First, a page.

Bank of England Governor Mark Carney said there’s “no immediate need” to increase borrowing costs and indicated a debate has begun on forward guidance after U.K. unemployment fell faster than anticipated.
Asked if the BOE will lower the 7 percent jobless threshold that’s linked to borrowing costs, Carney told the BBC there are “a broad range of things we could do, I wouldn’t jump to that conclusion. He said any decision will be made by the entire nine-member Monetary Policy Committee and they will review guidance next month.
The comments came a day after data showed unemployment fell to 7.1 percent, just above the level the MPC has said will prompt it to review its record-low benchmark interest rate. While some economists have forecast that the committee will lower that threshold, Carney indicated there are a number of options and that less importance may be attached to the jobless rate in future policy decisions.
‘‘What we’re trying to get across, and I think people understand, is that it’s really about overall conditions in the labor market, overall amount of slack in companies,” Carney said in the BBC interview yesterday in Davos, Switzerland. He said the MPC “wouldn’t want to detract from that focus” by “unnecessarily focusing too much on one indicator.”
The governor also said that the MPC will review guidance in February, when it publishes its quarterly Inflation Report and new economic forecasts.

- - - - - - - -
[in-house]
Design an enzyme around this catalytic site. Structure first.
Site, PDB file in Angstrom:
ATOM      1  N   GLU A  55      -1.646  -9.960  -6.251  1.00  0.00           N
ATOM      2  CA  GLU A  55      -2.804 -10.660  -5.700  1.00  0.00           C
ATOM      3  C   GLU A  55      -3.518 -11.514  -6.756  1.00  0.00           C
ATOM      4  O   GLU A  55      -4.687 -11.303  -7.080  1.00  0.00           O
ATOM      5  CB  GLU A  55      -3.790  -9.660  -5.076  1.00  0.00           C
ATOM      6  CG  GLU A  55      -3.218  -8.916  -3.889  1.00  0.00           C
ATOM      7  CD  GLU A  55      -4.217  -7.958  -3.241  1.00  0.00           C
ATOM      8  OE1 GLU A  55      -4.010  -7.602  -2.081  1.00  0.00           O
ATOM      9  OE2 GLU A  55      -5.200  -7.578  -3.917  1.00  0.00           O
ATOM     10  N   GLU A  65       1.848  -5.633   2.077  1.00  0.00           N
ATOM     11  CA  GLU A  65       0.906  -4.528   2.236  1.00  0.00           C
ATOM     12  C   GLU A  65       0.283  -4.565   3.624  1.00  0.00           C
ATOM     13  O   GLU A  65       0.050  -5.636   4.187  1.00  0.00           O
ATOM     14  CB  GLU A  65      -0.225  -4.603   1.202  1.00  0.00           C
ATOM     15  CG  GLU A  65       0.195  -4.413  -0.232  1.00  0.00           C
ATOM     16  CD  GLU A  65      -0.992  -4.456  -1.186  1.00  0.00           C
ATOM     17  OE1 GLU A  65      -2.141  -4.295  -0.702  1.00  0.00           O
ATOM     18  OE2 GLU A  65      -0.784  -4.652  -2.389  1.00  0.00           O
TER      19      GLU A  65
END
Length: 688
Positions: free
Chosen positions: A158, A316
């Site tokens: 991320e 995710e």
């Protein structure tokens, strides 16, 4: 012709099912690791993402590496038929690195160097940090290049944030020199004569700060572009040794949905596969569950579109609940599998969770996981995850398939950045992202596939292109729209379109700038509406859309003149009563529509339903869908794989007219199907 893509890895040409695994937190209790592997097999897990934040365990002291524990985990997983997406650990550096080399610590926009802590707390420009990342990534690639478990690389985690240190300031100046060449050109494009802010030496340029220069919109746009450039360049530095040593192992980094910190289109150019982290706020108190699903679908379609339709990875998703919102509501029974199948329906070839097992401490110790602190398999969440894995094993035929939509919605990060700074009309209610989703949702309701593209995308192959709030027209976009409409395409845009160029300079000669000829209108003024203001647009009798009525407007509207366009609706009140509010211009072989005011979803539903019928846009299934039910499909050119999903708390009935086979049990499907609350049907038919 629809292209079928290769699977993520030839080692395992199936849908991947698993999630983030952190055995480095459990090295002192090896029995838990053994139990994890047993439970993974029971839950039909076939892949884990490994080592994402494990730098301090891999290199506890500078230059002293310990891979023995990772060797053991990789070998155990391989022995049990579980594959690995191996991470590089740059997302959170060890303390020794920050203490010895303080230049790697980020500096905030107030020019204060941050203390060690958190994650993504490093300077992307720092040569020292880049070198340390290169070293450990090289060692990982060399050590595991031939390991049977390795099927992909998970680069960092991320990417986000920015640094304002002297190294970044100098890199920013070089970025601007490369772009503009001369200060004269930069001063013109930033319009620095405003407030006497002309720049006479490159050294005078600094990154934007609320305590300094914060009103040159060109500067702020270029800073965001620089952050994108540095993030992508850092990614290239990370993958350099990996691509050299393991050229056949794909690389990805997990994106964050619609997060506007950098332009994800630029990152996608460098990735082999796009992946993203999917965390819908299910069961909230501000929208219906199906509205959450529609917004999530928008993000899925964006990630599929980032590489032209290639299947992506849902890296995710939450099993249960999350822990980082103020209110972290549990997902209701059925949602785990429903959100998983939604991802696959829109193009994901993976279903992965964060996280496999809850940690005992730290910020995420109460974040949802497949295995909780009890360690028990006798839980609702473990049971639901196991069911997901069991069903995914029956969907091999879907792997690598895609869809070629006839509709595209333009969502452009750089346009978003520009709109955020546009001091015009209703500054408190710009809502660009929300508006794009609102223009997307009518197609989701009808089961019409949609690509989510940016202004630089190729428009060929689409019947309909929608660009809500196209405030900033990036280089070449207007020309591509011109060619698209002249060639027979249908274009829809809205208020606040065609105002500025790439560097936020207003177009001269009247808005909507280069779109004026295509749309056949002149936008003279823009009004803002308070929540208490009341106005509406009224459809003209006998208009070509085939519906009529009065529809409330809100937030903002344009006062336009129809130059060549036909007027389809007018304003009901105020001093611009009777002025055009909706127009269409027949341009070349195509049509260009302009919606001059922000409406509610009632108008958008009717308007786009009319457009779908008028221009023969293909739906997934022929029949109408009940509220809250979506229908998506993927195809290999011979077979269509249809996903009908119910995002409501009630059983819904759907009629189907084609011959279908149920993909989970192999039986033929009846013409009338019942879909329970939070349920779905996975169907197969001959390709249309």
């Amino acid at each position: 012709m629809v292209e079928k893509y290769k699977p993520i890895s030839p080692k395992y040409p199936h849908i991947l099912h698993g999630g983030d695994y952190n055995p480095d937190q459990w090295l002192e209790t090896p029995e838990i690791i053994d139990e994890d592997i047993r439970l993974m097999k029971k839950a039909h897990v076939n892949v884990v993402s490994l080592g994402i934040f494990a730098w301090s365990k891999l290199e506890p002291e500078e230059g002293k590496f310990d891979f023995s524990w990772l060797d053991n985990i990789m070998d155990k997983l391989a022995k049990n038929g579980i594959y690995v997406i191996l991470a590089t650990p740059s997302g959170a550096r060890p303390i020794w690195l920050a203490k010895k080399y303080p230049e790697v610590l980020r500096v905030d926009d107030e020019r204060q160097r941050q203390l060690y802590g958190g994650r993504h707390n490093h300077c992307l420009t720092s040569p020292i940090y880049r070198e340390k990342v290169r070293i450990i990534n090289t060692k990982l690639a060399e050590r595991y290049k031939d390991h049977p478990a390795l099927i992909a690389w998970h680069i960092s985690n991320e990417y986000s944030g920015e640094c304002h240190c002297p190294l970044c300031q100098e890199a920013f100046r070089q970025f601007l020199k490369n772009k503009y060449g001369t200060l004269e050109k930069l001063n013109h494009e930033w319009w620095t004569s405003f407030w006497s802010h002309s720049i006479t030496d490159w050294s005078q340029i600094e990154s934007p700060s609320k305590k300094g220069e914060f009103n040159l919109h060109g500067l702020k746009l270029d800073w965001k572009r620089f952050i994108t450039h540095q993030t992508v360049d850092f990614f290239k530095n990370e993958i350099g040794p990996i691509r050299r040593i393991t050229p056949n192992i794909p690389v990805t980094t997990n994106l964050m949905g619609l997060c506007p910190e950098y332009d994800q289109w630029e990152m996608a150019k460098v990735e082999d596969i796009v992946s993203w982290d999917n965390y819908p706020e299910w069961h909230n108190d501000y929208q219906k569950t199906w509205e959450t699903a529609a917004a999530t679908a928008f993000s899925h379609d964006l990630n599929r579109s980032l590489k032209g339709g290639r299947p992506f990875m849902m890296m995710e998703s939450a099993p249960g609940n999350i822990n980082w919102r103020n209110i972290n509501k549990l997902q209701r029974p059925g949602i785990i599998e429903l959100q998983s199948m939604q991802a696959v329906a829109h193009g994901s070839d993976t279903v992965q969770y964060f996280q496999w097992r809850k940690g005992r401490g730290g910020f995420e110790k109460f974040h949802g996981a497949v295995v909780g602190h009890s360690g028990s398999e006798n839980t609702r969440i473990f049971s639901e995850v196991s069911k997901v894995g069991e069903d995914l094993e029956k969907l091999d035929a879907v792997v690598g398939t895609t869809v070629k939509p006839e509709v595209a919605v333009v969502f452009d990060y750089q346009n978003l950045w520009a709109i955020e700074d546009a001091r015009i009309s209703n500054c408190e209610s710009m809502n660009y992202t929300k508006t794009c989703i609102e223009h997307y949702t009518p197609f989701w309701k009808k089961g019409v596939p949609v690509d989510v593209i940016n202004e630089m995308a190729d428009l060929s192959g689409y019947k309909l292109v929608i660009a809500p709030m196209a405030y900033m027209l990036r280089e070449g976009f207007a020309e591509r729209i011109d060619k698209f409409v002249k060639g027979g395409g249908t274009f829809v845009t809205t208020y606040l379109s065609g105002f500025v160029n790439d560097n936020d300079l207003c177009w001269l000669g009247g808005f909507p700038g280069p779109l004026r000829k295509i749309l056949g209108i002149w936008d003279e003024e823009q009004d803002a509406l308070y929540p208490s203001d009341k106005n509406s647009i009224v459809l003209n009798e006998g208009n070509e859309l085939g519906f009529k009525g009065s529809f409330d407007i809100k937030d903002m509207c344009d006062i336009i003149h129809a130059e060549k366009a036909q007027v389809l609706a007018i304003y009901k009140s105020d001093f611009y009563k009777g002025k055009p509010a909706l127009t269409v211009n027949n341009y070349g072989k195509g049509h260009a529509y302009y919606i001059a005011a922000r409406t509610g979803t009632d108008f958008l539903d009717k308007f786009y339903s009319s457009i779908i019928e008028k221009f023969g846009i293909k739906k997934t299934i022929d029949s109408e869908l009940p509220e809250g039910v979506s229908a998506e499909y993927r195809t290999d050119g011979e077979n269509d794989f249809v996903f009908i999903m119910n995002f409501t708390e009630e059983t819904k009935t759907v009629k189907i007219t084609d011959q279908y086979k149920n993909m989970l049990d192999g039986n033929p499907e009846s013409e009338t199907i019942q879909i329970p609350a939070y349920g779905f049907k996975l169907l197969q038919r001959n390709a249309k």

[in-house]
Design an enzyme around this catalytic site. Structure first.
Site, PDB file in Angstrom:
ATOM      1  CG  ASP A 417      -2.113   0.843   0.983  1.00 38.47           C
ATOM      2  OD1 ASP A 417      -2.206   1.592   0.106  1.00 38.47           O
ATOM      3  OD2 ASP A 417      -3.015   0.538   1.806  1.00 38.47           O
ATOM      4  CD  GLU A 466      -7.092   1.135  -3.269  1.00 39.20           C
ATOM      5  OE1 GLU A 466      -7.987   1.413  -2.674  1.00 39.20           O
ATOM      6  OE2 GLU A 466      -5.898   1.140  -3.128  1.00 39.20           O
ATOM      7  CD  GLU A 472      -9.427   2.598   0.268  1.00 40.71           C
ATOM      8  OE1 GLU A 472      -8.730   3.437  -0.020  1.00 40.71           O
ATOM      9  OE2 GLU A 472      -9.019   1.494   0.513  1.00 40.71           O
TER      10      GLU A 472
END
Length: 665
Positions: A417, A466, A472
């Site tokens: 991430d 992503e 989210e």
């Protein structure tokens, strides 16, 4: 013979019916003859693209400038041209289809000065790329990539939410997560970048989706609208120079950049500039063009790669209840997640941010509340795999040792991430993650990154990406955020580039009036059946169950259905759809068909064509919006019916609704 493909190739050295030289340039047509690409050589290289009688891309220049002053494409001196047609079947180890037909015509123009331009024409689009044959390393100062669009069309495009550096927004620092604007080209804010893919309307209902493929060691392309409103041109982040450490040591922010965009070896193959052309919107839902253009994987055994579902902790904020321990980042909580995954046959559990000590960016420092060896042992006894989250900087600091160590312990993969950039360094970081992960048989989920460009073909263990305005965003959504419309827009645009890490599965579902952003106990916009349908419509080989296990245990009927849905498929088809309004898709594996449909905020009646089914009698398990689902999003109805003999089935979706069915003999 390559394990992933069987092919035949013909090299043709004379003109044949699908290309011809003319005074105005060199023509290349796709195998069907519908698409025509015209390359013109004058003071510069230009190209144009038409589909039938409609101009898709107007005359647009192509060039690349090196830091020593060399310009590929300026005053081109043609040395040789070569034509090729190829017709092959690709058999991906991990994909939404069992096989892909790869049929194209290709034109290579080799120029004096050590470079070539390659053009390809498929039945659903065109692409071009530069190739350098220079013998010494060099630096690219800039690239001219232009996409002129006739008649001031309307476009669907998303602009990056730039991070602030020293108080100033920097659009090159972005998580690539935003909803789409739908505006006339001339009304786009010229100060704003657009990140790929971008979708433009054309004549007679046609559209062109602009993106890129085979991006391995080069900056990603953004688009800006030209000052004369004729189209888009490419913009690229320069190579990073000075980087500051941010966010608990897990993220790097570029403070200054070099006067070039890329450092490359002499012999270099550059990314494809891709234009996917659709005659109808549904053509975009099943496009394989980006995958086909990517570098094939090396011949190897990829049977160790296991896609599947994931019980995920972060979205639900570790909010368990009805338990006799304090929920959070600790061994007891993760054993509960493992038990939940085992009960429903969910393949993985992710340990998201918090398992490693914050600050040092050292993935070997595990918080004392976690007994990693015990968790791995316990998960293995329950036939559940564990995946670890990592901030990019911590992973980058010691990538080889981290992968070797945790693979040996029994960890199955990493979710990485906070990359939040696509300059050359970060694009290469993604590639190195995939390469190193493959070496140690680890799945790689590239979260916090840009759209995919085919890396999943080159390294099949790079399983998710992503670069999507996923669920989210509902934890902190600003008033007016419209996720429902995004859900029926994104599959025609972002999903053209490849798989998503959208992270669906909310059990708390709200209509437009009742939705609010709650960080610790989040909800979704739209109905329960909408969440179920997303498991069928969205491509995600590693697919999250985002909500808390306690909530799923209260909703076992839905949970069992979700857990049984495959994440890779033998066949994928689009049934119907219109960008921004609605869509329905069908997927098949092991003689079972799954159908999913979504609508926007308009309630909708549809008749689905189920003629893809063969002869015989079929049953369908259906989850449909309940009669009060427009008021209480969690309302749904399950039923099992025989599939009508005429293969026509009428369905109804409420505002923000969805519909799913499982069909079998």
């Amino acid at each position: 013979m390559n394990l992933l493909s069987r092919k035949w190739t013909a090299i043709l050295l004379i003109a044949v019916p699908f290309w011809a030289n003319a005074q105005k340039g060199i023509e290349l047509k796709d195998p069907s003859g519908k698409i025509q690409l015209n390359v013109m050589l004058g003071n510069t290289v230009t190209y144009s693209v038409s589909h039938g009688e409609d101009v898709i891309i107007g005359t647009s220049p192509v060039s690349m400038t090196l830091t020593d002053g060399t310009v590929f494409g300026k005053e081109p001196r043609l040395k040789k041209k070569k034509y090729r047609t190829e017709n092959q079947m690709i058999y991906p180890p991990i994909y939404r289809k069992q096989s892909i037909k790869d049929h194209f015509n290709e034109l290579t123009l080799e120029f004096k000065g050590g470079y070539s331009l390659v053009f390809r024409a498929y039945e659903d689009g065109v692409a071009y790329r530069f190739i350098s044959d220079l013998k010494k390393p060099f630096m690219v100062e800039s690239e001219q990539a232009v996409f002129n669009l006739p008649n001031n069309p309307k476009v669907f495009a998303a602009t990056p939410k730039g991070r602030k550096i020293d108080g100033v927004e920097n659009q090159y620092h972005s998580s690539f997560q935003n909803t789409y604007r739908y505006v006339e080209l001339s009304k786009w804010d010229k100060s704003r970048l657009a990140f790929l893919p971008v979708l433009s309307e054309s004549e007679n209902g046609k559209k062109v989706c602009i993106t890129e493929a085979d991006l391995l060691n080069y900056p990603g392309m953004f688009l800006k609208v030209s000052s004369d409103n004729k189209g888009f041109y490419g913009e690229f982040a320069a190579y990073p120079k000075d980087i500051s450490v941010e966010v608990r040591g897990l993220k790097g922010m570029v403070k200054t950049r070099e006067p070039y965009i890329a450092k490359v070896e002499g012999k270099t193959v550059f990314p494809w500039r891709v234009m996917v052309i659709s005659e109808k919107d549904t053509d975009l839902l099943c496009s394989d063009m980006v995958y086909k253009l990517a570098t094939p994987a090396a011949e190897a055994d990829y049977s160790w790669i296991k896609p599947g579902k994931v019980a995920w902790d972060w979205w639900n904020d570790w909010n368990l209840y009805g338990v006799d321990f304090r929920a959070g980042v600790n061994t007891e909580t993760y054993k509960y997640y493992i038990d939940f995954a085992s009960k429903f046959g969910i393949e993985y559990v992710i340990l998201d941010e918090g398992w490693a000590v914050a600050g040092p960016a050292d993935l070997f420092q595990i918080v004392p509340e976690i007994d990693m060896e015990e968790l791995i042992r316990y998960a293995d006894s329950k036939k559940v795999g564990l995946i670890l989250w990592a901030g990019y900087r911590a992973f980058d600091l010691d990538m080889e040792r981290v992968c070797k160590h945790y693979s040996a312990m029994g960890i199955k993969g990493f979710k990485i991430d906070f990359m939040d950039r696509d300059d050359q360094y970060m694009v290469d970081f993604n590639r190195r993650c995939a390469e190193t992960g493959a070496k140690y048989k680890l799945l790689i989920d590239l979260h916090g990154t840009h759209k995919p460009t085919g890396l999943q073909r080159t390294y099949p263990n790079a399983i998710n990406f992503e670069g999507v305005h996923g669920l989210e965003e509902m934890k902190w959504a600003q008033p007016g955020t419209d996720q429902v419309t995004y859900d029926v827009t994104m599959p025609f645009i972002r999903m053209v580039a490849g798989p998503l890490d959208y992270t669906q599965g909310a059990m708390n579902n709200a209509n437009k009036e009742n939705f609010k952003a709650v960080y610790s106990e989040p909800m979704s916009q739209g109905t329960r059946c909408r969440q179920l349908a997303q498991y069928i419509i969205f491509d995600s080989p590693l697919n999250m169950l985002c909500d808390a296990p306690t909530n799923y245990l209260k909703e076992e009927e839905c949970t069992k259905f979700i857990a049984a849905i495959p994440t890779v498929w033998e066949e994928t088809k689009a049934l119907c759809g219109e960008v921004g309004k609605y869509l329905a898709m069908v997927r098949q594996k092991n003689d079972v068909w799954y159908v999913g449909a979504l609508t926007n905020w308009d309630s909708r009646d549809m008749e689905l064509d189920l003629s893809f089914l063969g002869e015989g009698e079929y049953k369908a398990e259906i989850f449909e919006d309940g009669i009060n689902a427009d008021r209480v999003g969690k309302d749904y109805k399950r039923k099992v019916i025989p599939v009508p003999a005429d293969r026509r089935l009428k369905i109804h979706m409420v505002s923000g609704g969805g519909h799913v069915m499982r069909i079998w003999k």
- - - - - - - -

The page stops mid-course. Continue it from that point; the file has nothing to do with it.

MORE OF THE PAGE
Chancellor of the Exchequer George Osborne backed Carney when asked about guidance at an event at Davos today. He said unemployment is falling because of BOE and government policy and that this is a mark of success. He said he “completely rejects” the idea that guidance is a failure.
Carney is due to speak at an event in Davos later today hosted by the Confederation of British Industry, the U.K.’s biggest business lobby. He will take part in a panel discussion tomorrow on the global economic outlook for 2014.
Emphasizing that it’s not time to begin raising the key interest rate from 0.5 percent, Carney said yesterday that headwinds to the recovery will persist for some time.
“The worst of the crisis is behind us, but the aftermath of the crisis is very much with us. In a number of our economies, including the U.K., the financial system isn’t fully repaired,” he said. “We have, quite understandably, a great deal of uncertainty out there among households, individuals and businesses that are preventing particularly investment.”
His remarks that tighter policy isn’t yet required repeat comments made in the past two days by fellow MPC members Paul Fisher and Ian McCafferty. It also echoes language used in the minutes of the BOE’s January meeting published this week. Officials are seeking to underscore their view that they should keep their key rate unchanged to shore up the recovery.
To contact the reporter on this story: Scott Hamilton in London at email@example.com
To contact the editor responsible for this story: Craig Stirling at firstname.lastname@example.org